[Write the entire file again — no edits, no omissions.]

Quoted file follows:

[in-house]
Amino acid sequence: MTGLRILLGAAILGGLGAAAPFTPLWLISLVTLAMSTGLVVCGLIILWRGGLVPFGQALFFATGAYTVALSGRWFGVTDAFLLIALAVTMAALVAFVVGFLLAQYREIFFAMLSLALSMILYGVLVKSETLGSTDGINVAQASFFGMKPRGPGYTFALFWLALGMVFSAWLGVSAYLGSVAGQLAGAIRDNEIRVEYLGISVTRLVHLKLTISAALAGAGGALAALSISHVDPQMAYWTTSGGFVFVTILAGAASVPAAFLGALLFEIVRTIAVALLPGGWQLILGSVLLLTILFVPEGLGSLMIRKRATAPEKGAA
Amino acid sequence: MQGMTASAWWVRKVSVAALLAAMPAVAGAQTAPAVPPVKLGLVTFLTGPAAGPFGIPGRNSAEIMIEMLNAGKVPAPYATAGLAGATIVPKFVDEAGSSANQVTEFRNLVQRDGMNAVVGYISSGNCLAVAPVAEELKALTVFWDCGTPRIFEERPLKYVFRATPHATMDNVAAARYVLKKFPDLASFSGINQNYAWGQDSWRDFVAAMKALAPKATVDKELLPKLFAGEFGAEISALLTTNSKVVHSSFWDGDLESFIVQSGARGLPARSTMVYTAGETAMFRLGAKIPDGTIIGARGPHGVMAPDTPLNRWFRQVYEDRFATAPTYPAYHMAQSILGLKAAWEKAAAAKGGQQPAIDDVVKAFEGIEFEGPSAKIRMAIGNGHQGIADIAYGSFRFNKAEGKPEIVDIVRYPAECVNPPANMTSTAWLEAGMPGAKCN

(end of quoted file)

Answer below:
[in-house]
Amino acid sequence: MTGLRILLGAAILGGLGAAAPFTPLWLISLVTLAMSTGLVVCGLIILWRGGLVPFGQALFFATGAYTVALSGRWFGVTDAFLLIALAVTMAALVAFVVGFLLAQYREIFFAMLSLALSMILYGVLVKSETLGSTDGINVAQASFFGMKPRGPGYTFALFWLALGMVFSAWLGVSAYLGSVAGQLAGAIRDNEIRVEYLGISVTRLVHLKLTISAALAGAGGALAALSISHVDPQMAYWTTSGGFVFVTILAGAASVPAAFLGALLFEIVRTIAVALLPGGWQLILGSVLLLTILFVPEGLGSLMIRKRATAPEKGAA
Amino acid sequence: MQGMTASAWWVRKVSVAALLAAMPAVAGAQTAPAVPPVKLGLVTFLTGPAAGPFGIPGRNSAEIMIEMLNAGKVPAPYATAGLAGATIVPKFVDEAGSSANQVTEFRNLVQRDGMNAVVGYISSGNCLAVAPVAEELKALTVFWDCGTPRIFEERPLKYVFRATPHATMDNVAAARYVLKKFPDLASFSGINQNYAWGQDSWRDFVAAMKALAPKATVDKELLPKLFAGEFGAEISALLTTNSKVVHSSFWDGDLESFIVQSGARGLPARSTMVYTAGETAMFRLGAKIPDGTIIGARGPHGVMAPDTPLNRWFRQVYEDRFATAPTYPAYHMAQSILGLKAAWEKAAAAKGGQQPAIDDVVKAFEGIEFEGPSAKIRMAIGNGHQGIADIAYGSFRFNKAEGKPEIVDIVRYPAECVNPPANMTSTAWLEAGMPGAKCN